Blog > What is a Mediterranean Diet?

02 September 2019

What is a Mediterranean Diet?

A Mediterranean diet is eating a mixture of foods from countries, which border the Mediterranean Sea such as Greece, Italy and Spain. Cuisines vary from country to country and vary in each region, but they are based on similar food groups. In general, the Mediterranean way means eating more fresh fruit, vegetable, olive oil, wholegrains and fish while limiting the amount of meat and dairy.

What makes a Mediterranean diet healthy?

The amount of fresh fruits and vegetables incorporated into the diet is similar to the ‘5 A Day’ rule of thumb. By having a varied, nutritious diet you can help improve your health.

Avoid Butter

Olive or conalola oil are healthy substitutes for butter or margarine. You can lightly drizzle olive or conalola oil over vegetables, after cooking pasta or just a touch to garlic and green onions for flavouring. Olive oil and balsamic vinegar is also a great alternative to use as a dip instead of spreading butter.

Go nuts

Seeds and nuts are high in fibre, protein and healthy fats, great for a quick snack when feeling peckish between meals. Keep a small portion of almonds, cashews, pistachios or walnuts on hand.

Embrace vegetables and fresh fruit

A variety of plant-based foods should make up the majority of your meals to make up your 5 A Day portions. Try to ensure they are minimally processed and as fresh as possible. Include vegetables and fruits in every meal, as well as snacks between meals along with switching to whole-grain bread, cereal, and whole grain pasta products. Be sure to keep small pieces of fruit or veg, such as carrots, apples or bananas, with you. These are handy healthy snacks, which keep hunger at bay.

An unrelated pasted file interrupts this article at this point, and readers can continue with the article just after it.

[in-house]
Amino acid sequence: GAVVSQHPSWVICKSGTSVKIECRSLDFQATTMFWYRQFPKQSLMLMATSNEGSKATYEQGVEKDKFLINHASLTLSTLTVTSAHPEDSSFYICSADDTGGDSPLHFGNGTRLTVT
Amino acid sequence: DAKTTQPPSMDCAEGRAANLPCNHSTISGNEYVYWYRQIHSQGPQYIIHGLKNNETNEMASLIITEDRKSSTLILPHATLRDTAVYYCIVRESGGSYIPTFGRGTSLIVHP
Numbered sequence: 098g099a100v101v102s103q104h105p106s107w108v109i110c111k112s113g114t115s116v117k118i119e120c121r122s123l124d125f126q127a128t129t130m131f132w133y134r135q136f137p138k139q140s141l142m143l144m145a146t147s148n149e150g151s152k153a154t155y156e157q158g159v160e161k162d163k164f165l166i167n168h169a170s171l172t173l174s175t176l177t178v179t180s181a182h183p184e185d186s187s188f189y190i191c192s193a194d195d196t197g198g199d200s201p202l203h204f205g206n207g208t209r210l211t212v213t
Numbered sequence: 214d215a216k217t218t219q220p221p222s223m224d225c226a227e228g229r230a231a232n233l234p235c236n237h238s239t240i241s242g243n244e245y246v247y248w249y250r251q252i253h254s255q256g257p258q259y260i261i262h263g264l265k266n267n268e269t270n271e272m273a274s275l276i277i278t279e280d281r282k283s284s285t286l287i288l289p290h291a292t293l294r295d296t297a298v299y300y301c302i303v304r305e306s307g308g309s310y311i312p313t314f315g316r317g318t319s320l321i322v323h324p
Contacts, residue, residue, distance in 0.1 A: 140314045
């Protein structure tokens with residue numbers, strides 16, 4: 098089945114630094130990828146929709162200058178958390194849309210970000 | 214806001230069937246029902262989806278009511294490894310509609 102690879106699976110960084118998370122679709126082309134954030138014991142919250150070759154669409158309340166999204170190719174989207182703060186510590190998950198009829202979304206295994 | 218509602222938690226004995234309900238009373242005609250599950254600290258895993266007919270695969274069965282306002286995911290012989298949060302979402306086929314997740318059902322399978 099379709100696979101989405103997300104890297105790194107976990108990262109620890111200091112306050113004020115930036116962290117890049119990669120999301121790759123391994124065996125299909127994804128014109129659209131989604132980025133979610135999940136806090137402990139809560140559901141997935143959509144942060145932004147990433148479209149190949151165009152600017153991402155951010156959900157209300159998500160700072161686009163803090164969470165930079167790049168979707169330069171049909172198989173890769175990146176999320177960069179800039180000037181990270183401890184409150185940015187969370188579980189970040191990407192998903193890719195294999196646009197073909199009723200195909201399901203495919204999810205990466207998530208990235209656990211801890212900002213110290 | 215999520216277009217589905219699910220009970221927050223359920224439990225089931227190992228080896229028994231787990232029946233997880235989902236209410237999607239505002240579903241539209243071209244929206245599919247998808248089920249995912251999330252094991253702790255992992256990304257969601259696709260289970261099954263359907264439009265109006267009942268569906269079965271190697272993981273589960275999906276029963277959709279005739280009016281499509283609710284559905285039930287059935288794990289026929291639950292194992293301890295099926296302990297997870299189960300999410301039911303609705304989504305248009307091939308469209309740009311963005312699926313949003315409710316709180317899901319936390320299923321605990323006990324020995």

Choose low in fat and high protein

Protein can be found in lean meats, beans and pulses, eggs and some non-dairy products higher in fat such as 3.25% or 2% semi skimmed milk, cheese and ice. Skimmed milk, fat-free yogurt and low-fat cheese are good alternatives.

Reduce consumption of red and processed meat

Learn to limit red meat to no more than a few times a month or substitute your red meat intake with fish and poultry. When you decide to have red meat in your meal ensure it is lean and keep portions small (about the size of a deck of cards). Avoid sausage, bacon and other high-fat processed meat.


BBC good food


Eating well

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